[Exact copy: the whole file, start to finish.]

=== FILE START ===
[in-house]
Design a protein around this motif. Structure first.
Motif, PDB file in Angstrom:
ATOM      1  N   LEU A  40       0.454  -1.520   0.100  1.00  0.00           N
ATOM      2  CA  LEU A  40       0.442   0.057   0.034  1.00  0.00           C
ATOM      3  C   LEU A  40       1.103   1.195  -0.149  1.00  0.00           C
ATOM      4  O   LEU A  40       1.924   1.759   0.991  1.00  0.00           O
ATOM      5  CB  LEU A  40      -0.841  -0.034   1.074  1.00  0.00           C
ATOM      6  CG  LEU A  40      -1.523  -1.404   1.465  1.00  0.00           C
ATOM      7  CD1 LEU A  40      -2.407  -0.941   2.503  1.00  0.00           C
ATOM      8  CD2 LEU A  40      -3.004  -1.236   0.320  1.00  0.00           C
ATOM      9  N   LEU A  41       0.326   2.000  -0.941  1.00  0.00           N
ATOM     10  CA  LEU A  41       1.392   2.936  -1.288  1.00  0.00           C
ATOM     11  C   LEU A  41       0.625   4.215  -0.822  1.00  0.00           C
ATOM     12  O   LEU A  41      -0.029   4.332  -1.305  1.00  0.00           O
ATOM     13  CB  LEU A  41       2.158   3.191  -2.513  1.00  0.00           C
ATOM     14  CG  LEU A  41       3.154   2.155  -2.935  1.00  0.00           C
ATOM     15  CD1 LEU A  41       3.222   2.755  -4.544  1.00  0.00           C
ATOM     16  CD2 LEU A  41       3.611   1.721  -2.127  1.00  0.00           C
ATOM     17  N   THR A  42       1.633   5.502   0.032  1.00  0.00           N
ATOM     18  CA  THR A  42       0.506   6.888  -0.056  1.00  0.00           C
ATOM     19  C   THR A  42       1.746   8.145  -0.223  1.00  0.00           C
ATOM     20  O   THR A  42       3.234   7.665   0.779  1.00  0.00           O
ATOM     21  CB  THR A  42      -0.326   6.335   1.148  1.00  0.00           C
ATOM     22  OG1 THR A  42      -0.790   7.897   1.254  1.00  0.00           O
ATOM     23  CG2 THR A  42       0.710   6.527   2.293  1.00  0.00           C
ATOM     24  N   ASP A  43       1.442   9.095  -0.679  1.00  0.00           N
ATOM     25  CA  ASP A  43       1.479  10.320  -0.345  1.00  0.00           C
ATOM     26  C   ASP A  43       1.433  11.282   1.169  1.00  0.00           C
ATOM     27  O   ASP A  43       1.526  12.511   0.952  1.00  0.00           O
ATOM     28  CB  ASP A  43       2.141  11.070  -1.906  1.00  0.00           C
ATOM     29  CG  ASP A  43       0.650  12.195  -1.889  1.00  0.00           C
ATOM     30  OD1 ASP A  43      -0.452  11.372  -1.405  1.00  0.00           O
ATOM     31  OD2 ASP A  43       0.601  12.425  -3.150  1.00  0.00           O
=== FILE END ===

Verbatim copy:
[in-house]
Design a protein around this motif. Structure first.
Motif, PDB file in Angstrom:
ATOM      1  N   LEU A  40       0.454  -1.520   0.100  1.00  0.00           N
ATOM      2  CA  LEU A  40       0.442   0.057   0.034  1.00  0.00           C
ATOM      3  C   LEU A  40       1.103   1.195  -0.149  1.00  0.00           C
ATOM      4  O   LEU A  40       1.924   1.759   0.991  1.00  0.00           O
ATOM      5  CB  LEU A  40      -0.841  -0.034   1.074  1.00  0.00           C
ATOM      6  CG  LEU A  40      -1.523  -1.404   1.465  1.00  0.00           C
ATOM      7  CD1 LEU A  40      -2.407  -0.941   2.503  1.00  0.00           C
ATOM      8  CD2 LEU A  40      -3.004  -1.236   0.320  1.00  0.00           C
ATOM      9  N   LEU A  41       0.326   2.000  -0.941  1.00  0.00           N
ATOM     10  CA  LEU A  41       1.392   2.936  -1.288  1.00  0.00           C
ATOM     11  C   LEU A  41       0.625   4.215  -0.822  1.00  0.00           C
ATOM     12  O   LEU A  41      -0.029   4.332  -1.305  1.00  0.00           O
ATOM     13  CB  LEU A  41       2.158   3.191  -2.513  1.00  0.00           C
ATOM     14  CG  LEU A  41       3.154   2.155  -2.935  1.00  0.00           C
ATOM     15  CD1 LEU A  41       3.222   2.755  -4.544  1.00  0.00           C
ATOM     16  CD2 LEU A  41       3.611   1.721  -2.127  1.00  0.00           C
ATOM     17  N   THR A  42       1.633   5.502   0.032  1.00  0.00           N
ATOM     18  CA  THR A  42       0.506   6.888  -0.056  1.00  0.00           C
ATOM     19  C   THR A  42       1.746   8.145  -0.223  1.00  0.00           C
ATOM     20  O   THR A  42       3.234   7.665   0.779  1.00  0.00           O
ATOM     21  CB  THR A  42      -0.326   6.335   1.148  1.00  0.00           C
ATOM     22  OG1 THR A  42      -0.790   7.897   1.254  1.00  0.00           O
ATOM     23  CG2 THR A  42       0.710   6.527   2.293  1.00  0.00           C
ATOM     24  N   ASP A  43       1.442   9.095  -0.679  1.00  0.00           N
ATOM     25  CA  ASP A  43       1.479  10.320  -0.345  1.00  0.00           C
ATOM     26  C   ASP A  43       1.433  11.282   1.169  1.00  0.00           C
ATOM     27  O   ASP A  43       1.526  12.511   0.952  1.00  0.00           O
ATOM     28  CB  ASP A  43       2.141  11.070  -1.906  1.00  0.00           C
ATOM     29  CG  ASP A  43       0.650  12.195  -1.889  1.00  0.00           C
ATOM     30  OD1 ASP A  43      -0.452  11.372  -1.405  1.00  0.00           O
ATOM     31  OD2 ASP A  43       0.601  12.425  -3.150  1.00  0.00           O